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Facebook Landing Pages

I am not trained in web design, web development or even IT. So maybe I shouldn’t be blogging about how to create a Facebook landing page, or update a website, or switch from using tables. But:
1. A lot of readers might also be new to this web design shizzle, and might welcome a beginners-style approach/voice.
2. I do try. I work with HTML every day and think it is the sort of thing that you can teach yourself (even if I am not yet fully qualified) and
3. There are so many useful resources online that I want to share with you that make the process a bit easier, even for total novices.

Facebook Landing Pages

This isn’t really where I should start, of course, but this is what I did today.

Basically, if you have a Facebook business page, you can sneakily alter it to make users “land” on a page that YOU can design. See, for example, this Facebook page for Pepsi.

As a Facebook-webpage-designer, you essentially have some white space to play with. All you have to do is add a new App to your page called “Static FBML” (NB. FBML is also the Facebook equivalent of HTML – Facebook Markup Language.) Find the App here. Once you have added it or liked it (as I now have the app I cannot tell how I originally got it – d’oh!) you can go to “Edit Page” –> “Apps” and it should be listed there. Hit “Go to Application” and you will see you can add a title and content. Now, I really don’t know much about what exact kind of code this content box will take – it does take some HTML as well as FBML – but I do know that one can certainly add an image using the following code:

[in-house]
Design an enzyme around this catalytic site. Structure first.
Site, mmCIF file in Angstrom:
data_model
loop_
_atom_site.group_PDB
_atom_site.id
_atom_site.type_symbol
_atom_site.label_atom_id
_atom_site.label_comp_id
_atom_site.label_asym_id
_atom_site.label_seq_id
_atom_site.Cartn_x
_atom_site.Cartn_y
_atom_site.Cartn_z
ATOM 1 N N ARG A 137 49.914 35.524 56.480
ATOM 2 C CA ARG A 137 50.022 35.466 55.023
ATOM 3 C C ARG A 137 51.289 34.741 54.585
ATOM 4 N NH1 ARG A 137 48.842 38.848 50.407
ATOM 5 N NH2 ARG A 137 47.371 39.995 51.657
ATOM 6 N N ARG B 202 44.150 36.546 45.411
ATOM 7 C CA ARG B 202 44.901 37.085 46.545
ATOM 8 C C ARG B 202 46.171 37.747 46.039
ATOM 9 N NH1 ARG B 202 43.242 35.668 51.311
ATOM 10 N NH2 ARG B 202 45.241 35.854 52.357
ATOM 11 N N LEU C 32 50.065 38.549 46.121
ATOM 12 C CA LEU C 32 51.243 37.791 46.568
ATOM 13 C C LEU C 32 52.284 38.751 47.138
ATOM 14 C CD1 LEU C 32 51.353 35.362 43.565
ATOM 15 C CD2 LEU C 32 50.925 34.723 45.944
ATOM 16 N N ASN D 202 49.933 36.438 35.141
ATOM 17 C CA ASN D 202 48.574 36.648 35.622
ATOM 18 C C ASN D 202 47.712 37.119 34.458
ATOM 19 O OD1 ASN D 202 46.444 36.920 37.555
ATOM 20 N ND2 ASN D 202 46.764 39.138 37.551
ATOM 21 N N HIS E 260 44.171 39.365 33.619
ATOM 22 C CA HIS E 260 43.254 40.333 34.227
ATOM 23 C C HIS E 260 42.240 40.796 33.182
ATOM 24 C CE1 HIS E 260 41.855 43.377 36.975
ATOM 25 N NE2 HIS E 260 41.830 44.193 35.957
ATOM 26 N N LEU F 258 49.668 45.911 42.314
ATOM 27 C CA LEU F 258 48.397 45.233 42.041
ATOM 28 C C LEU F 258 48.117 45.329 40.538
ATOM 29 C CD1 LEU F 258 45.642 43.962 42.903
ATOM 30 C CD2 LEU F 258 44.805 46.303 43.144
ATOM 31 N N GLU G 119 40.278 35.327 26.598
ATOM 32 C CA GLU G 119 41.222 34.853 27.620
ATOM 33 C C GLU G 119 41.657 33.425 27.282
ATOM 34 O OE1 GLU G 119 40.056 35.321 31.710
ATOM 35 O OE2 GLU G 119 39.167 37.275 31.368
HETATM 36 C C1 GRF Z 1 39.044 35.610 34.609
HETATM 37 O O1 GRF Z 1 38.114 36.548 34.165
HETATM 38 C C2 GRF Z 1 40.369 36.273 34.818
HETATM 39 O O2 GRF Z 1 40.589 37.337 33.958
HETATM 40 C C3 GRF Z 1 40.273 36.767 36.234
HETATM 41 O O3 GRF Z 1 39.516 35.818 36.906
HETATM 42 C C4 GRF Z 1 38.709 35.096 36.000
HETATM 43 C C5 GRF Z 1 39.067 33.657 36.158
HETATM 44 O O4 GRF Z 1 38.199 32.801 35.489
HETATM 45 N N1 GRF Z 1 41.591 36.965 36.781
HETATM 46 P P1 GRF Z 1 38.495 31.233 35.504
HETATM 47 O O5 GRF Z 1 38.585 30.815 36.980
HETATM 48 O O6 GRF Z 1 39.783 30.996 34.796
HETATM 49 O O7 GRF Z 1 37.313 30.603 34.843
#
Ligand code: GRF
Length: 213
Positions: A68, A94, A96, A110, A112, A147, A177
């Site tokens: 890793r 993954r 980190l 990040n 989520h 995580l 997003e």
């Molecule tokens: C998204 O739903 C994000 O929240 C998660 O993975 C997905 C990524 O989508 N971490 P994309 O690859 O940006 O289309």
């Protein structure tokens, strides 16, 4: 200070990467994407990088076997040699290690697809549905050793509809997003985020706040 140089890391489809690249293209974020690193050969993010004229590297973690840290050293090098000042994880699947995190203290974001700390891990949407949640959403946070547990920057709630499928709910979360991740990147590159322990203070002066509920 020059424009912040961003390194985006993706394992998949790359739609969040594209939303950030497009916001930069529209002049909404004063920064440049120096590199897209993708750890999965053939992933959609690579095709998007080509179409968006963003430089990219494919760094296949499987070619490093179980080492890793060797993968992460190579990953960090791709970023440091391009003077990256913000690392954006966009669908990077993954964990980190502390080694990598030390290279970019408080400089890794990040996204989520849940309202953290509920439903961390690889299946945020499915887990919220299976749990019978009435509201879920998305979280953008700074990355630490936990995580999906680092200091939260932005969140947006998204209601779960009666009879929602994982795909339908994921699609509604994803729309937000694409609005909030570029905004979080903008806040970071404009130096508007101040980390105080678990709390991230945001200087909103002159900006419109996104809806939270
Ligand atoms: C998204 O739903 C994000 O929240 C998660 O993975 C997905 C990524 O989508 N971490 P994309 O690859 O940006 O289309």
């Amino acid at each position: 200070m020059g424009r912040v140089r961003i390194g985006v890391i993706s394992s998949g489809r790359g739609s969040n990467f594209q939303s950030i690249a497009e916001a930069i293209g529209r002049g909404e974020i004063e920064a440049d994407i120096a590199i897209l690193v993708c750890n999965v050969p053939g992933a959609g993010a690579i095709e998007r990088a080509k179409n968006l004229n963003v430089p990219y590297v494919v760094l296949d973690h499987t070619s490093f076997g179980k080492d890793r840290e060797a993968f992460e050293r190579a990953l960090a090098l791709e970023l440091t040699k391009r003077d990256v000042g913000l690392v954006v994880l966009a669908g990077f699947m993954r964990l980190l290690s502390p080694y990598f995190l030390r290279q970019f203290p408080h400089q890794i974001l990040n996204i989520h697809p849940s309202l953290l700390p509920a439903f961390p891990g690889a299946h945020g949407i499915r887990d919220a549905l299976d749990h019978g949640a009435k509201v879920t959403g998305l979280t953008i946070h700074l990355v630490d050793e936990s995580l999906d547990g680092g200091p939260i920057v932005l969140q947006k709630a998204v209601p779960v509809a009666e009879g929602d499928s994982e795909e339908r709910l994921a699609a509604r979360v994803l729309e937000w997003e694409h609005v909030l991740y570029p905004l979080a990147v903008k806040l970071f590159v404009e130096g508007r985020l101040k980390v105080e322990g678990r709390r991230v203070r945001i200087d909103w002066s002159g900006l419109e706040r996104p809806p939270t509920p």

<img src="typethewebaddresshere" title="imagetitle">

You can put <center> </center> round this to make sure it is nicely in the middle.

You can use a host site to upload images to, such as Image Shack, or better still upload them to your business website. Images should be 520px in width and whatever height you want – but remember to keep anything important “above the fold” (people don’t tend to scroll down very often.)

Here is the first simple one I did for my company:


What you then have to do is make sure that the FBML tab – which by now you will have renamed to something like “Welcome to My Company” (with your company name… obviously) – is the one people see first when they click to your company Facebook. Simply go back into “Edit Page” (I’m assuming you came out of the editor to view the glory of your new Welcome image…) and change the settings under “Manage Permissions” -> “Default Landing Tab”. Job done!

The next step I took today was to turn my landing page into something more dynamic, with clickable links. One way to do this is to create a Client-Side Image Map – something I do actually know how to do with HTML, but this usual way of producing code didn’t seem to work on Facebook.

I created this image on Photoshop (it mirrors our business website):

And then I had to create code to make all of the supposed links on this image (the menu words) clickable. (You can check it out for real at – let me know your thoughts!)